Livestock Make Up a Quarter of Snow Leopards' Meals

In the central Himalayas of Nepal, snow leopards depend on livestock for about 25 percent of their diet.
In the central Himalayas of Nepal, snow leopards depend on livestock for about 25 percent of their diet. (Image credit: Madhu Chetri)

The snow leopard is either a threatened animal or a threat, depending on whom you ask.

The endangered cats face a shrinking habitat and diminishing numbers of natural prey, meaning that conflicts between humans and snow leopards are on the rise. One of the biggest conundrums: The cats sometimes snatch domestic goats and cows, and in retaliation, they are killed by herders, whose way of life depends on livestock.

A new study published in the journal PLOS ONE today (Feb. 8) attempts to quantify the problem. In the central Himalayas of Nepal, about one-quarter of the snow leopard's diet is livestock, according to the research. The same was true for another rare predator in the region, the Himalayan wolf.

"This information is crucial in a place where livestock, wild prey and carnivores share the same landscape, and carnivores are considered as a threat," said study leader Madhu Chetri, an ecologist at Inland Norway University of Applied Sciences. "A clear understanding of carnivores' diets is essential for developing effective long-term conservation strategies." [Rare Photos: Snow Leopard Babies in Dens]

Over several months, Chetri and colleagues scoured Nepal's rugged trails, mountain ridges, riverbeds and mountain passes in search of fresh feces from snow leopards and wolves. Their survey area covered nearly 2,000 square miles (5,000 square kilometers), largely in the Annapurna and Manaslu conservation areas.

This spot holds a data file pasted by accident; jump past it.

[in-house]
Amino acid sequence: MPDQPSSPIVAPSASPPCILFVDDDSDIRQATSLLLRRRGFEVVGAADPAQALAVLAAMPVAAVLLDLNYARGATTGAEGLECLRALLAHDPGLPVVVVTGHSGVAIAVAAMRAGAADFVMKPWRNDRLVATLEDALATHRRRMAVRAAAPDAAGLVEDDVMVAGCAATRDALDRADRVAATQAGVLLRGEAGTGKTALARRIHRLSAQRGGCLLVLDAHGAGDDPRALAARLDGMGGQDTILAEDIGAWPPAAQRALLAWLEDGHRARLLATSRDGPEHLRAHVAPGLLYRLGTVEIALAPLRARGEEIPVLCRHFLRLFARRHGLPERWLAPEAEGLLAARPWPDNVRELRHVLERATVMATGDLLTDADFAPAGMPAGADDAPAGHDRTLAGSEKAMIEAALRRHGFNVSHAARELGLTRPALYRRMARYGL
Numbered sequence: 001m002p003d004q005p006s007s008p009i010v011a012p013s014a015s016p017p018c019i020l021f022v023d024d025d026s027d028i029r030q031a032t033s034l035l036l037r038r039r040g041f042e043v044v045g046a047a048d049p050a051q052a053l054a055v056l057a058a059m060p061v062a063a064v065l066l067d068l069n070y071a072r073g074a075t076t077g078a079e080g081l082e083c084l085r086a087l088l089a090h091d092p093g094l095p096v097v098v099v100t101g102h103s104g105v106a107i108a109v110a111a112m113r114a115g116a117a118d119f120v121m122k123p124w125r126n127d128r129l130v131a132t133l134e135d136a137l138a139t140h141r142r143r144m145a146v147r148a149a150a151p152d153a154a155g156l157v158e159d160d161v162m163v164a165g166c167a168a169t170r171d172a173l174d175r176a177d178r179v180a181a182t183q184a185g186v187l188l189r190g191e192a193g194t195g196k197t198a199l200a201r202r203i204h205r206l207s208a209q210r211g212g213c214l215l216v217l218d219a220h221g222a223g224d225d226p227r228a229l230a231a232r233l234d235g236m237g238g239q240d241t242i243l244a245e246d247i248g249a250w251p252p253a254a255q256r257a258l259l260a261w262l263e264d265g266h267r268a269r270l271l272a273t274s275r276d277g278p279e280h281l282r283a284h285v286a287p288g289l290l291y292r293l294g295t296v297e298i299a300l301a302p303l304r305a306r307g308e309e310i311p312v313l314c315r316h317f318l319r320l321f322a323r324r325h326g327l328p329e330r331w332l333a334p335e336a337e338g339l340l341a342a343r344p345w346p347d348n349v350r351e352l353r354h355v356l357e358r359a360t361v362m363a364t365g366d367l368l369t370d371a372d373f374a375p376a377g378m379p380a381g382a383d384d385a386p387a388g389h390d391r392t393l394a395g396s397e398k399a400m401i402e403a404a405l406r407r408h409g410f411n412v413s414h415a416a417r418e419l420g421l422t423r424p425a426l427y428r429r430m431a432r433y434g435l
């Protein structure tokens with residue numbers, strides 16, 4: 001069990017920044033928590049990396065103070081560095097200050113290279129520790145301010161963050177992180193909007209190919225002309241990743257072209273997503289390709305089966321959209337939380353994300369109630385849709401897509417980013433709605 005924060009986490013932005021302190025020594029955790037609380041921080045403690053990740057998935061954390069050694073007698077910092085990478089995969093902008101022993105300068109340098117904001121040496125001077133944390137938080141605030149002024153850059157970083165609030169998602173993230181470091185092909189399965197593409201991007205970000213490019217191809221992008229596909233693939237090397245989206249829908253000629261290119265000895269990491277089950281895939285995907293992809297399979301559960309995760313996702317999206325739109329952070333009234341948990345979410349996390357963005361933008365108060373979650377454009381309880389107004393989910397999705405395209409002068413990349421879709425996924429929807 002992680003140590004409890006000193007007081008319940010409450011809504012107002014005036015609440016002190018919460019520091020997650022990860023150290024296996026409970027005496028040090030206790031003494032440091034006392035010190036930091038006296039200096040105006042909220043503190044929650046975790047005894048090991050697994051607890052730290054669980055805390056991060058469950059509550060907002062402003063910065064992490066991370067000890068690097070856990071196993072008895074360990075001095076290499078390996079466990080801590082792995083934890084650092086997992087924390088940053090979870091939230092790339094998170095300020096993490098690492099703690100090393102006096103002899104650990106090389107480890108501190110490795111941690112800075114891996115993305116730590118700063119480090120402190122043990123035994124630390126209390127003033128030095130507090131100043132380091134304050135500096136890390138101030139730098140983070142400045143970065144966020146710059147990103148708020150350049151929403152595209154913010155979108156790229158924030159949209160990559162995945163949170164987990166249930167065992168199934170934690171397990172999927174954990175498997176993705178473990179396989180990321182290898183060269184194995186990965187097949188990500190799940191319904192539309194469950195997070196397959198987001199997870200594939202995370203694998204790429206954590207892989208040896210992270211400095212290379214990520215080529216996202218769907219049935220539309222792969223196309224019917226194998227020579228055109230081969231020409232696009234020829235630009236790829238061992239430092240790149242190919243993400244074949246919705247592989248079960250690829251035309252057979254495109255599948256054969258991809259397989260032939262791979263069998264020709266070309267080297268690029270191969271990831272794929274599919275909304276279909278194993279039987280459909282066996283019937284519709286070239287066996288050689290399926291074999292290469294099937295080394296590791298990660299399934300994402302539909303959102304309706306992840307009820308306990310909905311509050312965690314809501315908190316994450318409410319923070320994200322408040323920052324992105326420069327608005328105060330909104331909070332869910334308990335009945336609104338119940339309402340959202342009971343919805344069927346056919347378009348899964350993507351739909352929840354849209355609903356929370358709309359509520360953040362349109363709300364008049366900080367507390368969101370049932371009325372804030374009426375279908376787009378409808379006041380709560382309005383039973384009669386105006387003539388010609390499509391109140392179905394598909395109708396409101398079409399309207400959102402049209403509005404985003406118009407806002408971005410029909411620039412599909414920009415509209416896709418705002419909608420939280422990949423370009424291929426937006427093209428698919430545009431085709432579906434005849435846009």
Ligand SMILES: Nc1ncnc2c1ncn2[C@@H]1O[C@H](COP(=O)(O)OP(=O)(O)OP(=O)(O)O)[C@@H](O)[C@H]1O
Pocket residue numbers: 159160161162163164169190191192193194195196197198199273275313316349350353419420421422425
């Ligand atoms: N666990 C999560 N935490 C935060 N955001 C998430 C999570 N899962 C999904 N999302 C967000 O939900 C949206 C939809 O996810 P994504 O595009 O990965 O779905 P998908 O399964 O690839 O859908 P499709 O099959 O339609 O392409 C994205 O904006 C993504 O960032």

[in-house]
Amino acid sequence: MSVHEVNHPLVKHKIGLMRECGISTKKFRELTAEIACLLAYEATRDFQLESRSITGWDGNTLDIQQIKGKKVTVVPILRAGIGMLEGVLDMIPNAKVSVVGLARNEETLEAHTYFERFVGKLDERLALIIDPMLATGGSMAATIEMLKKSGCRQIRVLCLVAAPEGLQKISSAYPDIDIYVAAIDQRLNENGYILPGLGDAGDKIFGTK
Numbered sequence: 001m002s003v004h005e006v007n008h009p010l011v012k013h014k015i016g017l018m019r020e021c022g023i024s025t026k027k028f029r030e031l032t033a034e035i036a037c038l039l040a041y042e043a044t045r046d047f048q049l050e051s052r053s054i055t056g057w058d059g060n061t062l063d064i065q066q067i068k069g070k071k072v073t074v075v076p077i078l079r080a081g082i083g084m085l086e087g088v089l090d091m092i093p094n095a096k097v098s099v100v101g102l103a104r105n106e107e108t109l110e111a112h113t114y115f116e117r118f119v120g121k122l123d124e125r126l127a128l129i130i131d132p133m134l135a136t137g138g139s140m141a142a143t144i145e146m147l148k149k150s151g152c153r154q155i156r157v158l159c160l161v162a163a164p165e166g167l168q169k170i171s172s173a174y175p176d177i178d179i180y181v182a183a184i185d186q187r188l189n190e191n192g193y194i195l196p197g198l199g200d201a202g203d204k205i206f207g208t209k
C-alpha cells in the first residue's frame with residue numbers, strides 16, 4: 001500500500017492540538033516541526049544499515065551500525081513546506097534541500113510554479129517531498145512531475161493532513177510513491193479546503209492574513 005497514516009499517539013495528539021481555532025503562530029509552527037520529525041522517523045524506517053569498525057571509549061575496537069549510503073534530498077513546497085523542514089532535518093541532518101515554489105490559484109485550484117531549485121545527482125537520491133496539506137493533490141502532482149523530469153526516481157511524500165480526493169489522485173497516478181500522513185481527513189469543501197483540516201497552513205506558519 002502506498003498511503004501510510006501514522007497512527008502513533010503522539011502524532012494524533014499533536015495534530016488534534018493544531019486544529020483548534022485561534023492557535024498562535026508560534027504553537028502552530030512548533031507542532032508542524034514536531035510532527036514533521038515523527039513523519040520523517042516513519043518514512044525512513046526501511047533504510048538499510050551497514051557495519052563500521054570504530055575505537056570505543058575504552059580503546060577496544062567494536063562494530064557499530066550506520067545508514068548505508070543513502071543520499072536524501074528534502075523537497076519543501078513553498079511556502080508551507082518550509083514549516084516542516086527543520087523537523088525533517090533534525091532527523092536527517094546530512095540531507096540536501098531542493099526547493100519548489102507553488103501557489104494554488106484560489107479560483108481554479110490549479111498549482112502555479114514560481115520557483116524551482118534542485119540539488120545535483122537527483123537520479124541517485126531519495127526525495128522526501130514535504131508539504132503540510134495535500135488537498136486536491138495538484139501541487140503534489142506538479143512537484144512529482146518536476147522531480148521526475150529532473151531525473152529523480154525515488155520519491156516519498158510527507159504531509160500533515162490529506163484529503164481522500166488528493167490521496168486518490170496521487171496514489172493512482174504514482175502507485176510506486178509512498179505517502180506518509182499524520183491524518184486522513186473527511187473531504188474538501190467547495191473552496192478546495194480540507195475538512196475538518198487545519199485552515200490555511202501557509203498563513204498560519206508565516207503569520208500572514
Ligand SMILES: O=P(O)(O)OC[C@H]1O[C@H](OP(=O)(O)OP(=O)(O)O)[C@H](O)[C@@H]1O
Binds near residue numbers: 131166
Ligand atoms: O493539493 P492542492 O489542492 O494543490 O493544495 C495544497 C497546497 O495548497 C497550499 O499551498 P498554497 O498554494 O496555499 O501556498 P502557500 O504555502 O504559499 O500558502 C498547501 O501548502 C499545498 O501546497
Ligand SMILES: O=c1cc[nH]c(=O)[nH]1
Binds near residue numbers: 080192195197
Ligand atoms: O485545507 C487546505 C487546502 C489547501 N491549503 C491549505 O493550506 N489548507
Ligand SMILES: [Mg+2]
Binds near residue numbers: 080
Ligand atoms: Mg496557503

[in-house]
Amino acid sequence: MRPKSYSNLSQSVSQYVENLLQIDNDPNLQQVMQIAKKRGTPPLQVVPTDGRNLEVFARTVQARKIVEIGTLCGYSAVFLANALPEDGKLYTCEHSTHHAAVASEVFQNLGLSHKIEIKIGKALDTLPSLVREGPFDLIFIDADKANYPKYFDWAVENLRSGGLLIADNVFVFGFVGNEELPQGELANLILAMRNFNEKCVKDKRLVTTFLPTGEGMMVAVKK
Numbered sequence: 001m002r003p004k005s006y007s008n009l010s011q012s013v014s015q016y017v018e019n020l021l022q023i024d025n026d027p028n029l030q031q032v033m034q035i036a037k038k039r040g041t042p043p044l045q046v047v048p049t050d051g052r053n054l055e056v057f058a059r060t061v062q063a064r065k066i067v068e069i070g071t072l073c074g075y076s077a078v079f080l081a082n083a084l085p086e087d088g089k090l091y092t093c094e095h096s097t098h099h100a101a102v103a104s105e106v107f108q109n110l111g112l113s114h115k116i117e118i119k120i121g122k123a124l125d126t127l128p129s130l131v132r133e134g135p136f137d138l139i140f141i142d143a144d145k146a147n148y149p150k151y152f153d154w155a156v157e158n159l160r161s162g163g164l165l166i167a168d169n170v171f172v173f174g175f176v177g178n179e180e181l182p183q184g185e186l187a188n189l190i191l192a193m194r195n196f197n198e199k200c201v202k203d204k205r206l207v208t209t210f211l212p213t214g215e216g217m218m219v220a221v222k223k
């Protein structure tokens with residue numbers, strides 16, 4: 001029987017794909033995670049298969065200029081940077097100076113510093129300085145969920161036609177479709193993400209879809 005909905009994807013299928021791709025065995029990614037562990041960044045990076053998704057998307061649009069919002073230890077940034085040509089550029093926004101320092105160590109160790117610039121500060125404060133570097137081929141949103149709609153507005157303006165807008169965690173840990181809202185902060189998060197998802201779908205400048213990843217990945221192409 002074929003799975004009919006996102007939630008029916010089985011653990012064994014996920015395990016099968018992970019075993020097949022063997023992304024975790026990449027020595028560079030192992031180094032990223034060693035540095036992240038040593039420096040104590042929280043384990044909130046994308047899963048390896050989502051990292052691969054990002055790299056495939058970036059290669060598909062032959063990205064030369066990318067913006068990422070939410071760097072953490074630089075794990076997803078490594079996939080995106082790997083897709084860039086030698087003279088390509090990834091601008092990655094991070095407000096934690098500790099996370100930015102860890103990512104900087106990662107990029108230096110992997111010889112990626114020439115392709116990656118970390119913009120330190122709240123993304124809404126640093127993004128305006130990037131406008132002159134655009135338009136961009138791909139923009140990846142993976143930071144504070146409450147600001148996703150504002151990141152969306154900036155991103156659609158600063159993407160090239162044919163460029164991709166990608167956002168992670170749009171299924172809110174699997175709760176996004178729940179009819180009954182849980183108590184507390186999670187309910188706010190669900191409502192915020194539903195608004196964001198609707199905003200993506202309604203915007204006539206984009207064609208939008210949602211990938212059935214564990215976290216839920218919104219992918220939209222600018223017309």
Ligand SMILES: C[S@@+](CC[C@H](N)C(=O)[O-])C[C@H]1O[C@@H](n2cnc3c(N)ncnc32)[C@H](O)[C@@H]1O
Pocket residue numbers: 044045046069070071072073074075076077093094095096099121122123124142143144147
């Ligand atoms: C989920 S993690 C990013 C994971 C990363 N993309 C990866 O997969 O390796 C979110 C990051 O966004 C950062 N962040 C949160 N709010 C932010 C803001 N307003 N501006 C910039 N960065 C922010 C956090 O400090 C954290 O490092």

The researchers were able to identify prey DNA from 182 of the leopard scats and 57 of the wolf scats they collected. While snow leopards mostly preferred to hunt cliff-dwelling wild animals —primarily Himalayan blue sheep and Himalayan tahr — 27 percent of their diet was domestic livestock such as goat, horse and yak. Similarly, the diet of Himalayan wolves was 24 percent livestock, the researchers found.

Previous research has found that snow leopards have a fairly narrow dietary niche. (They tend to like goat-size ungulates.) An analysis of the carnivores'prey selection in the new study found that in regions where the snow leopards' preferred natural prey was unavailable, they mostly turned to comparable domestic animals. Wolves, on the other hand, are more opportunistic predators with more varied diets.

Biologist Tom McCarthy, executive director of conservation group Panthera's snow leopard program, said that previous studies have found similar, or sometimes even higher, rates of livestock predation in the region. But, he added, the new research highlights conservationists' ongoing concern about conflict between the cats and the typically poor herders who live in most of the snow leopard's range. 

"One of the well-known conservation concerns is retribution killing of snow leopards for livestock losses," said McCarthy, who wasn't involved in the study.

Conservationists estimate that just 6,000 snow leopards remain in the wild. Humans kill up to 450 of the cats annually, according to a report released in October 2016 by the wildlife crime-tracking group Traffic. More than half of those cases are retribution killings.

"This is also why so much conservation effort is placed on finding ways to reduce livestock losses in the first place —predator-proof corrals, for instance —or to offset the losses through a variety of economic incentive schemes, and it is working," McCarthy told Live Science.

Chetri said future research will focus on estimating livestock mortality rates and identifying factors that might contribute to livestock loss. "This will bring some new insights in managing conflicts between leopards and wolfs and local communities," Chetri said.

Original article on Live Science.

Megan Gannon
Live Science Contributor
Megan has been writing for Live Science and since 2012. Her interests range from archaeology to space exploration, and she has a bachelor's degree in English and art history from New York University. Megan spent two years as a reporter on the national desk at NewsCore. She has watched dinosaur auctions, witnessed rocket launches, licked ancient pottery sherds in Cyprus and flown in zero gravity. Follow her on Twitter and Google+.